The manufacturing sector may be on the rise, but employment isn't as consistent as companies would hope. While new jobs are constantly being created, manufacturing workers to fill them are not available. According to a study from Deloitte and the Manufacturing Institute, approximately 2 million jobs will go unfilled in the next decade. However, manufacturers may have the answer to their needs. More millennials are entering the workforce every day, which means manufacturers can find new employees for their ranks.
The employment problem increases
According to this year's ThomasNet Industry Market Barometer, more than 50 percent of manufacturers expect to hire new workers in the near future. While this sounds like good news, staffing isn't as easy as it appears. Approximately 38 percent of baby-boom manufacturing workers plan to leave their positions in the next decade, but few of people have preparations in place to fill their positions.
Millennials offer the best solution. Currently, 1-in-3 employees in the U.S. are millennials, and that number is projected to grow, the Pew Research Center reported. However, the unwillingness from some manufacturers to add young workers to their staffs impedes their ability to find skilled employees. Approximately 62 percent of employers say millennials make up a small portion of their workforce, and more than 80 percent don't plan to change that number anytime soon, ThomasNet reported. They believe the young population lacks a positive work ethic and the discipline to succeed. However, to keep up with demand, manufacturers will have to alter that perception, and figure out ways to recruit new workers.
How manufacturers can attract millennials
For manufacturing to survive, the sector needs to find new skilled workers to fill its empty positions. The millennial generation provides the perfect source of future employees. Companies will need to come up with plans to recruit these young workers. According to SMC Business Councils, partnerships with schools, internships and mentorships provide young people with opportunities to not only gain an inside view of manufacturing, but also on-the-job training. These programs benefit both millennials and manufacturers. Employers will learn that their perceptions aren't always founded, and young people may gain an interest in the sector.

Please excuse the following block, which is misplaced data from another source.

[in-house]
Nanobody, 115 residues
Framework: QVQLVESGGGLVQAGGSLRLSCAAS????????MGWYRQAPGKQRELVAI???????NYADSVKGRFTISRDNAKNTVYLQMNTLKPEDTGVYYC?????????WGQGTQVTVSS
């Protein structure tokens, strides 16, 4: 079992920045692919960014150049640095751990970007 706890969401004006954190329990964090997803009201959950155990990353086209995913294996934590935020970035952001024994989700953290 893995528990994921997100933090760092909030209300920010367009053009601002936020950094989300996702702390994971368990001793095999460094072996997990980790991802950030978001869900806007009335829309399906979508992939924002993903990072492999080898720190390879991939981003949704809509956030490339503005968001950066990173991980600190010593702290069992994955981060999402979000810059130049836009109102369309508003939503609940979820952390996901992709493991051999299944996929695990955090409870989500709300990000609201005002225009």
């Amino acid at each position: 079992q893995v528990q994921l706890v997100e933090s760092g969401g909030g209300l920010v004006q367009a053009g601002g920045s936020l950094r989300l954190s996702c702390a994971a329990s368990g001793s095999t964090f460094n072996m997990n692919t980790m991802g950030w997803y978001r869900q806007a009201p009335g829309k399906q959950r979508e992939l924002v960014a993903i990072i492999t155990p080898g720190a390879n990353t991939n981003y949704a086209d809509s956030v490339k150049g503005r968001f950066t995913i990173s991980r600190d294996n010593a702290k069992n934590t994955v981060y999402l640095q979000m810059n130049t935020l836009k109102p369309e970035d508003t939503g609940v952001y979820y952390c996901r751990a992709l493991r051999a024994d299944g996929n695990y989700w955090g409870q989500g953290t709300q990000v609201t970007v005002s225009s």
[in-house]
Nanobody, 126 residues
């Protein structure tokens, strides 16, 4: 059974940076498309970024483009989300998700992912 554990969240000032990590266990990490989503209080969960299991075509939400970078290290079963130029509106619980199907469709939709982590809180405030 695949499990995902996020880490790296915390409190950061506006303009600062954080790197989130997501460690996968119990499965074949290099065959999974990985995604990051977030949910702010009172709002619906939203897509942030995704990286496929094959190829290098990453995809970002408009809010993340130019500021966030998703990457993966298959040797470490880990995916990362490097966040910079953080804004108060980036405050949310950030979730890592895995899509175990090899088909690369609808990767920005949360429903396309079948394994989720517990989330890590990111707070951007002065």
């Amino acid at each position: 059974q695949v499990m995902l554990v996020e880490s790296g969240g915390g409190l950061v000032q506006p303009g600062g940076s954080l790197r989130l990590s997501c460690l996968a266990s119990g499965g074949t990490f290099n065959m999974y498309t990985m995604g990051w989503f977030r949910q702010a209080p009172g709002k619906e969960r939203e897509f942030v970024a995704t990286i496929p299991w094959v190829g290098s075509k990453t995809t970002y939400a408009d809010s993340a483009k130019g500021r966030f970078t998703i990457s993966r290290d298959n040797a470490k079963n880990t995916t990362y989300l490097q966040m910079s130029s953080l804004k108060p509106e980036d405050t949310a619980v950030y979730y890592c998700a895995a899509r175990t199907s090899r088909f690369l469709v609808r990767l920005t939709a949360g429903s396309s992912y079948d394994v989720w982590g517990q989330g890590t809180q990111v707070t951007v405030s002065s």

Technology may also play a large role in recruiting millennials. They are the first generation to grow up with complete access to these devices, and they will be attracted to the businesses that use technology in innovative ways. ThomasNet reported that three-quarters of millennials believe advanced technology makes them more efficient workers, and nearly 60 percent of them may not choose an employer based on the tools they have.
To bring more millennials to the sector, manufacturers will need to figure out what appeals to the younger generation and ensure that their companies attract people's interests.
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